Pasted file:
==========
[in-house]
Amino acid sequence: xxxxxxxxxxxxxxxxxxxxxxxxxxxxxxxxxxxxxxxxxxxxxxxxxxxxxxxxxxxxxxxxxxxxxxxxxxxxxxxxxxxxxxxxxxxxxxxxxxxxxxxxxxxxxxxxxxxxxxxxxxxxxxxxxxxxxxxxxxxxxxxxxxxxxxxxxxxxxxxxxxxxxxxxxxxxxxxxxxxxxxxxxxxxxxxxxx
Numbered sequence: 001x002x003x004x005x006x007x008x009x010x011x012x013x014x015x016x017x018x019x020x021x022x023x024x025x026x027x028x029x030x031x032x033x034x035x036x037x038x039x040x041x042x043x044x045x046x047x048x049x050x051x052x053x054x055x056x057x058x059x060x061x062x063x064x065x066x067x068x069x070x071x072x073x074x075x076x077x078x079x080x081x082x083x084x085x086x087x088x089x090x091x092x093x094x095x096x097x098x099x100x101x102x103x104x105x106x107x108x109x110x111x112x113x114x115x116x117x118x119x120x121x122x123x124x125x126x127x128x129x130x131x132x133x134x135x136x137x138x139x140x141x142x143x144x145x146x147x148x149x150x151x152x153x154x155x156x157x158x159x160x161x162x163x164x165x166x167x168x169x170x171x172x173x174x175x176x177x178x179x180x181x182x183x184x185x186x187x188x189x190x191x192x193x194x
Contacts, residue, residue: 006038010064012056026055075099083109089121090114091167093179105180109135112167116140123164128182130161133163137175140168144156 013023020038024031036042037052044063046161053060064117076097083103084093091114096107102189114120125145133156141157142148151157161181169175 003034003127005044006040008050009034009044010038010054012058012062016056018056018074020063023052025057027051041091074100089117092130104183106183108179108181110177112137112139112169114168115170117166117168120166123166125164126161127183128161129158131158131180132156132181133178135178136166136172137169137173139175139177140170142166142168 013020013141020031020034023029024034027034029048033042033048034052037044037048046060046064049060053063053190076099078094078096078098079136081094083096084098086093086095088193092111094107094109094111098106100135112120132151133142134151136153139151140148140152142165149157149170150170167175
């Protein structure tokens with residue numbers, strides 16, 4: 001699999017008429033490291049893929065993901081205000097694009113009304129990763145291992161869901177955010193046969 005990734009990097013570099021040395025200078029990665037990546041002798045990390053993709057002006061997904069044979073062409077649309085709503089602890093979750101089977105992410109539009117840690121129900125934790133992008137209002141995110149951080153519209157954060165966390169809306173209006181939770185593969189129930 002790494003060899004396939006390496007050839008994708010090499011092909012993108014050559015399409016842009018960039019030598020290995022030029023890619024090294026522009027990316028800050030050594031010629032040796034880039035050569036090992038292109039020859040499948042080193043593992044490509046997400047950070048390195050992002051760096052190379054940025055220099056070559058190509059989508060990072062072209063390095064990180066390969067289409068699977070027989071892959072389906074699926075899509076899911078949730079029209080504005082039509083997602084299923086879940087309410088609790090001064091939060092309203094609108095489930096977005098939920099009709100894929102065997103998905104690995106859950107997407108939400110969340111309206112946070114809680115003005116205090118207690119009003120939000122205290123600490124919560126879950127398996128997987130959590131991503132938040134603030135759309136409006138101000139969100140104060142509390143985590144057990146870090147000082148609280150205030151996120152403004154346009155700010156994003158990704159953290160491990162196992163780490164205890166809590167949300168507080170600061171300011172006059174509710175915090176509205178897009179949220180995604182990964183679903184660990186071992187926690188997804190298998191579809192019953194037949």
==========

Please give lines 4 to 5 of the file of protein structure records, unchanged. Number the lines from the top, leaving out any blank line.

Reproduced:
Contacts, residue, residue: 006038010064012056026055075099083109089121090114091167093179105180109135112167116140123164128182130161133163137175140168144156 013023020038024031036042037052044063046161053060064117076097083103084093091114096107102189114120125145133156141157142148151157161181169175 003034003127005044006040008050009034009044010038010054012058012062016056018056018074020063023052025057027051041091074100089117092130104183106183108179108181110177112137112139112169114168115170117166117168120166123166125164126161127183128161129158131158131180132156132181133178135178136166136172137169137173139175139177140170142166142168 013020013141020031020034023029024034027034029048033042033048034052037044037048046060046064049060053063053190076099078094078096078098079136081094083096084098086093086095088193092111094107094109094111098106100135112120132151133142134151136153139151140148140152142165149157149170150170167175
């Protein structure tokens with residue numbers, strides 16, 4: 001699999017008429033490291049893929065993901081205000097694009113009304129990763145291992161869901177955010193046969 005990734009990097013570099021040395025200078029990665037990546041002798045990390053993709057002006061997904069044979073062409077649309085709503089602890093979750101089977105992410109539009117840690121129900125934790133992008137209002141995110149951080153519209157954060165966390169809306173209006181939770185593969189129930 002790494003060899004396939006390496007050839008994708010090499011092909012993108014050559015399409016842009018960039019030598020290995022030029023890619024090294026522009027990316028800050030050594031010629032040796034880039035050569036090992038292109039020859040499948042080193043593992044490509046997400047950070048390195050992002051760096052190379054940025055220099056070559058190509059989508060990072062072209063390095064990180066390969067289409068699977070027989071892959072389906074699926075899509076899911078949730079029209080504005082039509083997602084299923086879940087309410088609790090001064091939060092309203094609108095489930096977005098939920099009709100894929102065997103998905104690995106859950107997407108939400110969340111309206112946070114809680115003005116205090118207690119009003120939000122205290123600490124919560126879950127398996128997987130959590131991503132938040134603030135759309136409006138101000139969100140104060142509390143985590144057990146870090147000082148609280150205030151996120152403004154346009155700010156994003158990704159953290160491990162196992163780490164205890166809590167949300168507080170600061171300011172006059174509710175915090176509205178897009179949220180995604182990964183679903184660990186071992187926690188997804190298998191579809192019953194037949």